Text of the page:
• Defining some other mandatory API to replace some or all of the existing chapter 8.
  • Extensions to support Java EE 7
    • The theme for Java EE 7 is "the cloud". This general theme will require changes to many Java EE components to address cloud-related issues such as multi-tenancy and the JMS expert group will consider what changes this makes necessary for JMS.
  • Other enhancements as requested by the community

2.2 What is the target Java platform? (i.e., desktop, server, personal, embedded, card, etc.)

The target platforms are Java EE and Java SE.

2.3 The Executive Committees would like to ensure JSR submitters think about how their proposed technology relates to all of the Java platform editions. Please provide details here for which platform editions are being targeted by this JSR, and how this JSR has considered the relationship with the other platform editions.

The Java Message Service (JMS) API is designed for both Java EE and Java SE platform environments. It is expected that JMS 2.0 will be included as a required part of the Java Platform, Enterprise Edition version 7. Aligning the timeline of this JSR with that of Java EE 7 may therefore impact the scope of the JMS 2.0 release.

2.4 Should this JSR be voted on by both Executive Committees?

No. It should be voted on by the Java SE / EE Executive Committee only.

2.5 What need of the Java community will be addressed by the proposed specification?

Changes to improve ease of development

During the eight years since the specification was last updated the way in which Java EE applications are created has changed significantly. For example, the way in which EJBs are defined has been simplified considerably by a change in the programming model used and in the use of annotations to define behaviour and to refer to JNDI resources. In addition, Java EE 6 supports JSR 299 (Contexts and dependency injection) which has further simplified the way in which applications are written and reduced the amount of Java code (especially boilerplate code) that needs to be provided. It is now time to extend similar benefits to the developers of JMS applications.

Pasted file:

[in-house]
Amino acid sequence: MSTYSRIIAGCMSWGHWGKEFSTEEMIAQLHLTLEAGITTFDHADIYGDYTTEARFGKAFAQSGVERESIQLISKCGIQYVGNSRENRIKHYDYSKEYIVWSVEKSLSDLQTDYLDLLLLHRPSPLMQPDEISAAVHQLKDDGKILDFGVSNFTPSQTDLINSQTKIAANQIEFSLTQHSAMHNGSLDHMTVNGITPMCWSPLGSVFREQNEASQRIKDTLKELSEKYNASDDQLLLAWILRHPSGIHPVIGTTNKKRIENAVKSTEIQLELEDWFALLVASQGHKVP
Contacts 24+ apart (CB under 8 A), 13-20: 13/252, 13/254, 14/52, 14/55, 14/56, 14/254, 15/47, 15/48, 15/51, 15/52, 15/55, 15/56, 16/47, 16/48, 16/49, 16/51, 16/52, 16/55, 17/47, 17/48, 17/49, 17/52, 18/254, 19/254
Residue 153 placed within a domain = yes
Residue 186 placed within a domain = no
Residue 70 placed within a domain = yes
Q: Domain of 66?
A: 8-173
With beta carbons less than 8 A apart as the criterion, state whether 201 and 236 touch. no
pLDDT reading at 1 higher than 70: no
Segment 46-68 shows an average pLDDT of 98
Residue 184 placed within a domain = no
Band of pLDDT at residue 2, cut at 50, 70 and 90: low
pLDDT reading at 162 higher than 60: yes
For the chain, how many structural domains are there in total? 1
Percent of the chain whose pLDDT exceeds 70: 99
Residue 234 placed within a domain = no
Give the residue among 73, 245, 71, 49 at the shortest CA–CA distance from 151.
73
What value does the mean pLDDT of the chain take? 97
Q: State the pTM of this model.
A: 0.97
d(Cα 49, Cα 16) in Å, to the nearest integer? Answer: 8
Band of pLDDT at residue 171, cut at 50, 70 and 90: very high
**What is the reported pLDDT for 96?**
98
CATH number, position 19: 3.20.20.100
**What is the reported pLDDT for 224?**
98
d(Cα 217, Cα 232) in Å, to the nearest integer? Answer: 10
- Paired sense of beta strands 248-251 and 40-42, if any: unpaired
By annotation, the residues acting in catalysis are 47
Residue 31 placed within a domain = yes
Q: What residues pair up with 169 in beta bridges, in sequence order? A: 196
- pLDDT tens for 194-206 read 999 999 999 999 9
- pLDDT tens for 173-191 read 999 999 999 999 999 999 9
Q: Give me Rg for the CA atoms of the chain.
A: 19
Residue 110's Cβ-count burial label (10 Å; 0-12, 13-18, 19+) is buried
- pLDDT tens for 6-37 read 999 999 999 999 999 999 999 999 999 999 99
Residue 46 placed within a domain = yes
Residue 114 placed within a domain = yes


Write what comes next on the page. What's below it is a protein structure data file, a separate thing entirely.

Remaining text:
In addition, a number of ambiguities have been discovered where it is unclear how a JMS provider should behave in various cases. As a result, each JMS provider has taken their own view as to what behaviour is appropriate. In addition there are many places in the existing JMS specification which deliberately leave the detailed behaviour up to the vendor to define. This means that user applications written to work with one JMS provider may not work in the same way with another provider. This reduces the portability of applications between JMS providers, which was a key goal of JMS . By clarifying these ambiguities, and "hardening" the specification where appropriate, the proposed specification will make it easier to convert applications from using one JMS provider to another.

Clarification of the relationship between the JMS and other Java EE specifications

The existing JMS 1.1 specification does not contain any information on how the JMS API should be used by applications running in a Java EE container. For historical reasons it has been left to other specifications, notably the Java EE, EJB and servlet specifications, to do this by implicitly overriding some parts of the JMS specification. For example, the JMS 1.1 specification states that a JMS connection can be used to create multiple sessions. However the EJB 3.1 specification states that a JMS connection can be used to create only one session. Experience has shown that this is confusing for some users, who read the JMS API or specification only to find that some of it does not apply. There are also some aspects (such as the correct behaviour when there is no transactional context) which are not fully specified in the EJB or other specifications.

It is therefore proposed to extend the JMS specification to reflect the fact that some of it is overridden by other specifications. The Expert Group will assess the best way to do this. One possibility is simply to cross-reference the other specifications where needed. Another possibility is to aim to make the JMS specification complete in itself by copying JMS-related content from other specifications. The goal should be to make it easier for both the user and JMS vendors to understand how the JMS API should be used in an application server.